These words are not my own.
"I'm a little pencil in the hand of a writing God, who is sending a love letter to the world." -- Mother Teresa Writing is hard for me. So. Very. Hard. Not because the words don’t come, but because they do. And they come straight from deep within my heart. Writing is so intricately woven into who I am, and it took me forever and a day to realize that. It took even longer for my poor family to figure out that words flowed smoother on paper than they did out of my mouth.
Writing thrills me. Writing also terrifies me. I get giddy over words, but I have intense anxiety about sharing my words with others. There are many times that I’ve thought that writing was one of the hardest things I choose to do.
Even back in elementary and middle school, words fit. Words felt right. But along with a deep relationship and understanding of the art of writing, a voice loomed over that declared my writing wasn’t good enough. When I hit high school, the voice said that it wasn’t practical to become a writer, that a bachelor’s degree in English meant you had to become a teacher. When I hit college, the words, “someone else is better than you,” repeated itself over and over in my head.
I’d like to sit here and tell you that this isn’t something I still struggle with, that the voice is long gone. But that would be a lie.
As I’ve bumbled along in trying to figure out where the words come from, why I love producing pages on pages of rearranged letters, and how the heck I can work this into my everyday life, I learned something.
These words are not my own.
I suppose, on some level, they are, if you want to get technical. It’s my hand that writes them, my fingers that type them, but they are still not mine. They are a gift given by the God most high, who deemed me fit for the gift of writing. Do I understand it? No. Am I worthy of it? Not at all.
But for some reason, when God created me, He decided to throw in a penchant for letters and a skill for producing words. Between you and me, I’m pretty sure He hadn’t had His morning coffee yet, but I won’t know the answer to that until I get to Heaven.
Recognizing that the words I produce are not mine alone radically changed my perspective. Me reading other writers’ work and comparing it to my own work is the same as telling God that my gift isn’t good enough.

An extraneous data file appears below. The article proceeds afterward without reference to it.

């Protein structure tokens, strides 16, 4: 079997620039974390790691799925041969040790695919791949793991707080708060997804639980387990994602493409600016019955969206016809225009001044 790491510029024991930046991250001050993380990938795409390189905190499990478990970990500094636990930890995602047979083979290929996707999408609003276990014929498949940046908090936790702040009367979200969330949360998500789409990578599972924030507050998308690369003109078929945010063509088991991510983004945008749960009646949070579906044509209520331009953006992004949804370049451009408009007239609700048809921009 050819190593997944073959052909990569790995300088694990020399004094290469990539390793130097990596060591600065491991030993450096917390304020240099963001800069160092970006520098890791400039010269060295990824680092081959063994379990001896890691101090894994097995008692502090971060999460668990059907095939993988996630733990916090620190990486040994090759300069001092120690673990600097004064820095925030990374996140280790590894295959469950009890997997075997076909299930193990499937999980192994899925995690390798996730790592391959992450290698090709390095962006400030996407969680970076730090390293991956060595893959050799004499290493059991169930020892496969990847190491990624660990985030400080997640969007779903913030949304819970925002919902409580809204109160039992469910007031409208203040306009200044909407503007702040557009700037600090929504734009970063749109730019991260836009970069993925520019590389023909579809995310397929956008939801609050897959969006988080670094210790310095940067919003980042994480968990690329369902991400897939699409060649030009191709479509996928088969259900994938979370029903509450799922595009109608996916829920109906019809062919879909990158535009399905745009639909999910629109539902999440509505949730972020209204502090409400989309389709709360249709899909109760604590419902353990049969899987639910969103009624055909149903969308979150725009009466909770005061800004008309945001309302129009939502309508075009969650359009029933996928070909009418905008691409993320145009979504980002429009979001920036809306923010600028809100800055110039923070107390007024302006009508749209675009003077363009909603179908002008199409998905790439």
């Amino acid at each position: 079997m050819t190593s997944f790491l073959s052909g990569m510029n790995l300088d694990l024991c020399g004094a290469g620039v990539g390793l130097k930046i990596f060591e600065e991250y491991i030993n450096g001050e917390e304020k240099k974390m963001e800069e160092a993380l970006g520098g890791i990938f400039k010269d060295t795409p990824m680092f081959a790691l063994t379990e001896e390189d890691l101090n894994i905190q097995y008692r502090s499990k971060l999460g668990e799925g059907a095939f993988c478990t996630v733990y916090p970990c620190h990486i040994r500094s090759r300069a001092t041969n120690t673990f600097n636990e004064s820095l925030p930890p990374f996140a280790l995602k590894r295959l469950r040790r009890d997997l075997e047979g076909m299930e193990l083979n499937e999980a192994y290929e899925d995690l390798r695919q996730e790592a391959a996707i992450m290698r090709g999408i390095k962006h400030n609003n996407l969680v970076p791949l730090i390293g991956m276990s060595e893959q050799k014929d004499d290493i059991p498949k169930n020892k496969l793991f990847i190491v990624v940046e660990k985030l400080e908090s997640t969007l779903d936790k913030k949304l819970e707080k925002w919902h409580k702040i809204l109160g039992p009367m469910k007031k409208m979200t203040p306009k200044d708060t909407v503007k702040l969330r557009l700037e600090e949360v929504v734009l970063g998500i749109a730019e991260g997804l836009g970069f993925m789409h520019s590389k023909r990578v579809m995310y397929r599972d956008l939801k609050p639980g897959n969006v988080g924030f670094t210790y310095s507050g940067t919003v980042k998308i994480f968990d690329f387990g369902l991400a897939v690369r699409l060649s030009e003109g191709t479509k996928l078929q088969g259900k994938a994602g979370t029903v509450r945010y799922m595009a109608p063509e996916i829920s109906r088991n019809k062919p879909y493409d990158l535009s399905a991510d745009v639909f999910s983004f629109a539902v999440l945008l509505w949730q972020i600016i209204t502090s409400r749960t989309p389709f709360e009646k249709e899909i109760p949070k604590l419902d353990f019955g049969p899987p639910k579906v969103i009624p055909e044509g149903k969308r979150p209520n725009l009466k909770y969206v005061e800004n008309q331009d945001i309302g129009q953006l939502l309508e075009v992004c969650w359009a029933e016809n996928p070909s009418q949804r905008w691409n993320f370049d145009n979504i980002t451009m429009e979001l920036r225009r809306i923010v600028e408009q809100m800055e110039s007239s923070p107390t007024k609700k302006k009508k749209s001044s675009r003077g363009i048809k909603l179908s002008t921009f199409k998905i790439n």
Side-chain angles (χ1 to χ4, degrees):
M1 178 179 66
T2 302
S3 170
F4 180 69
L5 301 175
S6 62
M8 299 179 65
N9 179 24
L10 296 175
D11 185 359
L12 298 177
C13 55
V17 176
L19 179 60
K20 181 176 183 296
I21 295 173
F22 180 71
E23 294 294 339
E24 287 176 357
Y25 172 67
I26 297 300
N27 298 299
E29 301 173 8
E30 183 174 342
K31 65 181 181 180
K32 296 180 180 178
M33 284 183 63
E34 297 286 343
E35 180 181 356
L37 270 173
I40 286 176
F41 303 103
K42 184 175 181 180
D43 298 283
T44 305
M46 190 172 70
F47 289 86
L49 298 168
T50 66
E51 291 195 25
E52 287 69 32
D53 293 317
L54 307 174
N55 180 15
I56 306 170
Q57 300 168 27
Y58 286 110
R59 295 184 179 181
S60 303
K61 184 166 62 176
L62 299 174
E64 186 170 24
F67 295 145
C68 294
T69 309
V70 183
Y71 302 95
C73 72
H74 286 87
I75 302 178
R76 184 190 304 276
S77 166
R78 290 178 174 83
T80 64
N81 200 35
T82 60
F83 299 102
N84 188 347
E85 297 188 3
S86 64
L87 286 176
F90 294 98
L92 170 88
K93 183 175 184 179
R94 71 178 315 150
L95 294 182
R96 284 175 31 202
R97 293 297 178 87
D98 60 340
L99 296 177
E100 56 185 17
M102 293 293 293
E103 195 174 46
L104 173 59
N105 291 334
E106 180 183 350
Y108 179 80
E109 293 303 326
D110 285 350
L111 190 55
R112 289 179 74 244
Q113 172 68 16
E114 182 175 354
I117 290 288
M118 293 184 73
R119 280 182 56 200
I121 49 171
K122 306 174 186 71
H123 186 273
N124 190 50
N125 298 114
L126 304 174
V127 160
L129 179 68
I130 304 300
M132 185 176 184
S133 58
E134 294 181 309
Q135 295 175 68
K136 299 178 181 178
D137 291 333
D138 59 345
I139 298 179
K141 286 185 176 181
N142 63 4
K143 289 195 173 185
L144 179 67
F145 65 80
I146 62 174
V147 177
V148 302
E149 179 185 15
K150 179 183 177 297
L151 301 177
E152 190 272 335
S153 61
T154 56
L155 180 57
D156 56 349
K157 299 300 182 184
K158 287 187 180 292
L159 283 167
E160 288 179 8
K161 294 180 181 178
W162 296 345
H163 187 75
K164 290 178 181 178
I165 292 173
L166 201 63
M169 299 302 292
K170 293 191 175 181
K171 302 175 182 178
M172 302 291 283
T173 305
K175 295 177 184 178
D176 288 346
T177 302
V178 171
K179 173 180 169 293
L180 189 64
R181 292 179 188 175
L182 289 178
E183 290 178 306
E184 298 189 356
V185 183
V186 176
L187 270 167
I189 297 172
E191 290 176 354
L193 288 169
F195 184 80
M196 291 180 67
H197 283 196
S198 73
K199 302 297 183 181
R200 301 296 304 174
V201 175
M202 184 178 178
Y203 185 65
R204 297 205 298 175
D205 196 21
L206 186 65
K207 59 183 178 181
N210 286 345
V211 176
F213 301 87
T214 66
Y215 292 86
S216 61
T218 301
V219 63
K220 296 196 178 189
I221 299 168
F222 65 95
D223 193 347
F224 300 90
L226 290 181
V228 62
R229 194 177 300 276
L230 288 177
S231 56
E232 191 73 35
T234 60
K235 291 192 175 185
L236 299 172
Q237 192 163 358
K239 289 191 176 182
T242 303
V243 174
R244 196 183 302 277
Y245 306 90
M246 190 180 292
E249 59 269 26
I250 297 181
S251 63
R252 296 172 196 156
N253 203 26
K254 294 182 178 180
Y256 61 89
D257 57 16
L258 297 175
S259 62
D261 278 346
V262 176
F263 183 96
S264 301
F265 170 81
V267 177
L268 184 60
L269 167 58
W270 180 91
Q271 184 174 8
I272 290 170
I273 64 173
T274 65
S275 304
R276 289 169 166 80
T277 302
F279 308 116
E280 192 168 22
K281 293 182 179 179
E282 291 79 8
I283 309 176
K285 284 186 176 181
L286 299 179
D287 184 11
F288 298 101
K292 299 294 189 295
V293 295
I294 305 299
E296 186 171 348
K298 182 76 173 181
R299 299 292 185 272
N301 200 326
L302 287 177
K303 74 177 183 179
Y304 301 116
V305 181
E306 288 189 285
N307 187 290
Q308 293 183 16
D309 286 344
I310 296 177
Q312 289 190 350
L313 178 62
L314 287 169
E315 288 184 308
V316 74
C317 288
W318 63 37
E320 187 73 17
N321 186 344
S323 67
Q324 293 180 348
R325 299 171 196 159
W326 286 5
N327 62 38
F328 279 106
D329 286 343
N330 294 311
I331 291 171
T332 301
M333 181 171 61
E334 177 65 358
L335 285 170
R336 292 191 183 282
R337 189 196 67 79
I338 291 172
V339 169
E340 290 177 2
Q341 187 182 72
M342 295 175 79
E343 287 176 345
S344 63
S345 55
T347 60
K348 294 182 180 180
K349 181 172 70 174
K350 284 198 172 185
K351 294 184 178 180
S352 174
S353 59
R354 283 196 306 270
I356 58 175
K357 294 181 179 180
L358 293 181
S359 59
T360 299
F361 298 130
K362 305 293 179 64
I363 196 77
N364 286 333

When we recognize that our talents are not ours alone, that our gifts were not by our own merit, using those gifts can become an act of worship, recognizing the gracefulness of the gift and using it for His glory, to serve His people.
Dear, sweet reader,
You are so uniquely woven. Before your parents knew you, God loved you. He took the time to carve out big things and special talents that no other person has except you.
Don’t let the monster of comparison be a voice in your head. Thoughts that tell you that you aren’t good enough are not from God. In the world’s eyes, your gift may not be practical, it may not be your full-time job, and it may not make you any money. But that’s not the point.
That gift was bestowed upon you by the One who crafted you, who instilled a talent deep within your heart that is so innately part of your being, it can be hard to understand and explain it.
Scripture lists several different spiritual gifts, and I wholeheartedly believe that these gifts are only the main heading with several different subcategories within each gift. 1 Corinthians 12:4-11 gives evidence of this:
“Now there are varieties of gifts, but the same Spirit. And there are varieties of ministries, and the same Lord. There are varieties of effects, but the same God who works all things in all persons. But to each one is given the manifestation of the Spirit for the common good…. But one and the same Spirit works all these things, distributing to each one individually just as He wills.”
Your gift is as unique as you are, my dear. Two people may have the same gift, but it manifests itself in entirely different ways because of how each of us is woven. Don’t allow that monster tell you that your gift isn’t worthy, that it isn’t worth pursuing.
Recognize it. Use it.Let it be an act of worship and praise.
Your gift is not entirely your own.
And these words are not my own.